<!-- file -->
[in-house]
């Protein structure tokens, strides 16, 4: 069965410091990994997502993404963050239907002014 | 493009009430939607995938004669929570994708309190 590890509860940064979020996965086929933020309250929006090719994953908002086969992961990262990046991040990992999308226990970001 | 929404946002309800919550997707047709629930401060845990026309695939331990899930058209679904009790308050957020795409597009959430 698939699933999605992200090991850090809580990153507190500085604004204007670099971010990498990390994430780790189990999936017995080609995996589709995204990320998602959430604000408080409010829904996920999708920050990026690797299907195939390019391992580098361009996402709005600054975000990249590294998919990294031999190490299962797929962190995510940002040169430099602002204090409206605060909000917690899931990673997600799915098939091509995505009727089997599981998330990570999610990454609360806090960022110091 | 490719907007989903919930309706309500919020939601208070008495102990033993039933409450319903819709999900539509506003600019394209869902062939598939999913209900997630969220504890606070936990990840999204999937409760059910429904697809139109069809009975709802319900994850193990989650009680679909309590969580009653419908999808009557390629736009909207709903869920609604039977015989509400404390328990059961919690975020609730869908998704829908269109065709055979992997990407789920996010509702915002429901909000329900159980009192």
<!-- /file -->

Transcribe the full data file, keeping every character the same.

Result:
[in-house]
């Protein structure tokens, strides 16, 4: 069965410091990994997502993404963050239907002014 | 493009009430939607995938004669929570994708309190 590890509860940064979020996965086929933020309250929006090719994953908002086969992961990262990046991040990992999308226990970001 | 929404946002309800919550997707047709629930401060845990026309695939331990899930058209679904009790308050957020795409597009959430 698939699933999605992200090991850090809580990153507190500085604004204007670099971010990498990390994430780790189990999936017995080609995996589709995204990320998602959430604000408080409010829904996920999708920050990026690797299907195939390019391992580098361009996402709005600054975000990249590294998919990294031999190490299962797929962190995510940002040169430099602002204090409206605060909000917690899931990673997600799915098939091509995505009727089997599981998330990570999610990454609360806090960022110091 | 490719907007989903919930309706309500919020939601208070008495102990033993039933409450319903819709999900539509506003600019394209869902062939598939999913209900997630969220504890606070936990990840999204999937409760059910429904697809139109069809009975709802319900994850193990989650009680679909309590969580009653419908999808009557390629736009909207709903869920609604039977015989509400404390328990059961919690975020609730869908998704829908269109065709055979992997990407789920996010509702915002429901909000329900159980009192």